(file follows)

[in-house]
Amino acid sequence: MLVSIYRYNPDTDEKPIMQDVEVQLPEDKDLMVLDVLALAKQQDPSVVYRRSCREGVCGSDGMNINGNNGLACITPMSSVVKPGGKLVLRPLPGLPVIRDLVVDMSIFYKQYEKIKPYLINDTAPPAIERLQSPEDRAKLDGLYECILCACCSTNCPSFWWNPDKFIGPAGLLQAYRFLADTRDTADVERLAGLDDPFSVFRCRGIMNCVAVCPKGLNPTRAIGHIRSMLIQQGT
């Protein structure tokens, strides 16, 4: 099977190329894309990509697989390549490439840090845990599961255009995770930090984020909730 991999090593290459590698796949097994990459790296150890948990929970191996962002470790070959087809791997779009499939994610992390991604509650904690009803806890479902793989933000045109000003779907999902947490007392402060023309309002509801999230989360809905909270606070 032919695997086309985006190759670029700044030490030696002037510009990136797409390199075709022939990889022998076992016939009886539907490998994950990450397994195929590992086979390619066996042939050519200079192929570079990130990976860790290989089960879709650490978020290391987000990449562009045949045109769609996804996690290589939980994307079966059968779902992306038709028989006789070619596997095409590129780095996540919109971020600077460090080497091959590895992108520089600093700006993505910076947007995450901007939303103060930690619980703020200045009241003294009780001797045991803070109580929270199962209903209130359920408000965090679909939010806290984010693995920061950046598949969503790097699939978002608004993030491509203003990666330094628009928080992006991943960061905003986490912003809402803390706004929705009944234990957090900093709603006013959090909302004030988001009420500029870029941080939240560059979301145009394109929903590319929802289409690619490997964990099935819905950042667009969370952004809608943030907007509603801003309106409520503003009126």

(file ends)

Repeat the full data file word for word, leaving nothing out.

[in-house]
Amino acid sequence: MLVSIYRYNPDTDEKPIMQDVEVQLPEDKDLMVLDVLALAKQQDPSVVYRRSCREGVCGSDGMNINGNNGLACITPMSSVVKPGGKLVLRPLPGLPVIRDLVVDMSIFYKQYEKIKPYLINDTAPPAIERLQSPEDRAKLDGLYECILCACCSTNCPSFWWNPDKFIGPAGLLQAYRFLADTRDTADVERLAGLDDPFSVFRCRGIMNCVAVCPKGLNPTRAIGHIRSMLIQQGT
């Protein structure tokens, strides 16, 4: 099977190329894309990509697989390549490439840090845990599961255009995770930090984020909730 991999090593290459590698796949097994990459790296150890948990929970191996962002470790070959087809791997779009499939994610992390991604509650904690009803806890479902793989933000045109000003779907999902947490007392402060023309309002509801999230989360809905909270606070 032919695997086309985006190759670029700044030490030696002037510009990136797409390199075709022939990889022998076992016939009886539907490998994950990450397994195929590992086979390619066996042939050519200079192929570079990130990976860790290989089960879709650490978020290391987000990449562009045949045109769609996804996690290589939980994307079966059968779902992306038709028989006789070619596997095409590129780095996540919109971020600077460090080497091959590895992108520089600093700006993505910076947007995450901007939303103060930690619980703020200045009241003294009780001797045991803070109580929270199962209903209130359920408000965090679909939010806290984010693995920061950046598949969503790097699939978002608004993030491509203003990666330094628009928080992006991943960061905003986490912003809402803390706004929705009944234990957090900093709603006013959090909302004030988001009420500029870029941080939240560059979301145009394109929903590319929802289409690619490997964990099935819905950042667009969370952004809608943030907007509603801003309106409520503003009126």